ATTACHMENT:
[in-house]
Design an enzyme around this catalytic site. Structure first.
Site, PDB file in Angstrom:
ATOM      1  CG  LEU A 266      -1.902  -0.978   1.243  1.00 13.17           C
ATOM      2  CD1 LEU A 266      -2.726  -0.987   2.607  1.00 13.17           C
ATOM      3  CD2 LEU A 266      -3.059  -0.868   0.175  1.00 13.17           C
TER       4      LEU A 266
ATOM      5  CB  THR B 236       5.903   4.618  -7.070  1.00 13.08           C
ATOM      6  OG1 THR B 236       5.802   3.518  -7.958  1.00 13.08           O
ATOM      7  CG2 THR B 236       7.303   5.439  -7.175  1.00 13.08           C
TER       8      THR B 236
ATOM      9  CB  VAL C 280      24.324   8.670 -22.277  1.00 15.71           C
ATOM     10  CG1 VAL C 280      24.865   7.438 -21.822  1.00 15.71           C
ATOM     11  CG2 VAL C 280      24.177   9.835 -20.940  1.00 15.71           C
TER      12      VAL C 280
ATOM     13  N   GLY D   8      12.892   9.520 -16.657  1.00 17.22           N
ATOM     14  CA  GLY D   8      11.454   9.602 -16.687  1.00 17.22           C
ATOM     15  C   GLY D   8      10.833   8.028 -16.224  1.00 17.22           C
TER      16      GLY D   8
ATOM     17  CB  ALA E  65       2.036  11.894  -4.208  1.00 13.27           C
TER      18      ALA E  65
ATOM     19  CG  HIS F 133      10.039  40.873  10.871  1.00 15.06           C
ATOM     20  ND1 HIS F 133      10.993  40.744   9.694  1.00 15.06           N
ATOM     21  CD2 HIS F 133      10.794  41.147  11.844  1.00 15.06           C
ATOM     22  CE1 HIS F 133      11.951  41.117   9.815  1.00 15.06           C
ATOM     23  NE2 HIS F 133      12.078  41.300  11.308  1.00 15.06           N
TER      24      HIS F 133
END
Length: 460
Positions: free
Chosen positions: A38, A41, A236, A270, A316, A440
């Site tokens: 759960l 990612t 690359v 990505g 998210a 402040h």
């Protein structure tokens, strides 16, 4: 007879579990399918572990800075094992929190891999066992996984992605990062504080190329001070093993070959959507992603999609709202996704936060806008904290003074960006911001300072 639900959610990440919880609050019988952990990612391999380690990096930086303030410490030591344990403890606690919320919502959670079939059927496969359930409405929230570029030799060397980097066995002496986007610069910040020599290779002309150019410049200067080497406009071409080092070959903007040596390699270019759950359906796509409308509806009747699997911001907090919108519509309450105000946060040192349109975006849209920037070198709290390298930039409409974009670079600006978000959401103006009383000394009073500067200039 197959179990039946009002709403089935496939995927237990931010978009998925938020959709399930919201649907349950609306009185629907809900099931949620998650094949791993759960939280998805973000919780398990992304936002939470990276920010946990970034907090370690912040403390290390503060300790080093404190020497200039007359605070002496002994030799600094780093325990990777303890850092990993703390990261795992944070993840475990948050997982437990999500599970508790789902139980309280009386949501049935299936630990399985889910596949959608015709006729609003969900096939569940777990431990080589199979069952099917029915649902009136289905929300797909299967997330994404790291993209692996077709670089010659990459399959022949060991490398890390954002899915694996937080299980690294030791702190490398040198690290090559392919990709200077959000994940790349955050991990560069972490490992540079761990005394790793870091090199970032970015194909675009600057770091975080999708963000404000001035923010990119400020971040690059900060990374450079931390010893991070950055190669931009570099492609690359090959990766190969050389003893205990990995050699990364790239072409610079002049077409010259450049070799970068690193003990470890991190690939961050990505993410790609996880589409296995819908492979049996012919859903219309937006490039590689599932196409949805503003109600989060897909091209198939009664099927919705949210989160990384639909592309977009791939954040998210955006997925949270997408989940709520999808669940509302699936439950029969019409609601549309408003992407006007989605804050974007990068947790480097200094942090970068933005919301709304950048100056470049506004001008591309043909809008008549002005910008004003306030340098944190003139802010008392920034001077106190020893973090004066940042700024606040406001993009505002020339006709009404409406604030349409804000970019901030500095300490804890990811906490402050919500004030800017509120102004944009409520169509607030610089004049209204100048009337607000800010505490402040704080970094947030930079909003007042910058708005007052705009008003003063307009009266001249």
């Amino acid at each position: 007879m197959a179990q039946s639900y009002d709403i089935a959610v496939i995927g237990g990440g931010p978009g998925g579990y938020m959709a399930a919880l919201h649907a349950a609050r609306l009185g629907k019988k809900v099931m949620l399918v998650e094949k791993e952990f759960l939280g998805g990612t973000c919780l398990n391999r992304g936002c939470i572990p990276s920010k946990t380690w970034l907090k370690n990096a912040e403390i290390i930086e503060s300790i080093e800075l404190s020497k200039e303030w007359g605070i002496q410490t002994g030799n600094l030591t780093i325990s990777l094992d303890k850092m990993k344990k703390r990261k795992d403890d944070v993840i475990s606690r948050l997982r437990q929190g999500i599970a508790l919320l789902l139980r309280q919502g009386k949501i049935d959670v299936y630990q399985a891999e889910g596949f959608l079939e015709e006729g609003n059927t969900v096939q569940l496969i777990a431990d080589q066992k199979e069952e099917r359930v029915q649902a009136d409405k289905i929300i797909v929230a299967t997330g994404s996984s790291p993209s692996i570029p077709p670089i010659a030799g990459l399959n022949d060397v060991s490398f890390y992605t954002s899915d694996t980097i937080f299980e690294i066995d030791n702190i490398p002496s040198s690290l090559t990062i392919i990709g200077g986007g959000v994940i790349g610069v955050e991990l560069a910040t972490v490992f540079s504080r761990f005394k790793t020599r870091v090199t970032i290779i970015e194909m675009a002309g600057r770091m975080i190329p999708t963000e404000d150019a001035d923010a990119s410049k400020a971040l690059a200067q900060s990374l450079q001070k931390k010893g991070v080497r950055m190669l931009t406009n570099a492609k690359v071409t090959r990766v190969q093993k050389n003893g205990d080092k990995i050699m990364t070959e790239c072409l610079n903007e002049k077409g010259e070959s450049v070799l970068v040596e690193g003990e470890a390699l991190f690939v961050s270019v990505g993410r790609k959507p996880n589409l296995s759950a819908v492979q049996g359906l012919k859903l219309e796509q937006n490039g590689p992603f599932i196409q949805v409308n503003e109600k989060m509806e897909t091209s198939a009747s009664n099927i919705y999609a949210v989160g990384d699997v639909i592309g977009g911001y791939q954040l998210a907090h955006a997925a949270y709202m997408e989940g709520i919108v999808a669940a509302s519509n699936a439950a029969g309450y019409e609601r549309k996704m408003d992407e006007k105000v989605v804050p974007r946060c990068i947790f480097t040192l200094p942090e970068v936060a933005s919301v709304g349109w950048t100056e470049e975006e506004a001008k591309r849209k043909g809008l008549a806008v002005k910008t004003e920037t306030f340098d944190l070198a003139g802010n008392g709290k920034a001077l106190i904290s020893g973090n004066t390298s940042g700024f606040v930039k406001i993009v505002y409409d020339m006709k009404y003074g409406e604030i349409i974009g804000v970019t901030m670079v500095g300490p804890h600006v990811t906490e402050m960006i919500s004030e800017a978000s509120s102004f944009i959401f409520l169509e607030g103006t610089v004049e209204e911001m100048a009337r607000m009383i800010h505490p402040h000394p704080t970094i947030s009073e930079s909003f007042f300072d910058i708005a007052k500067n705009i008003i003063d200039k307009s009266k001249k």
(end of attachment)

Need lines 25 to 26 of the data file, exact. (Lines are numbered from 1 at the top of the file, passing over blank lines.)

ATOM     22  CE1 HIS F 133      11.951  41.117   9.815  1.00 15.06           C
ATOM     23  NE2 HIS F 133      12.078  41.300  11.308  1.00 15.06           N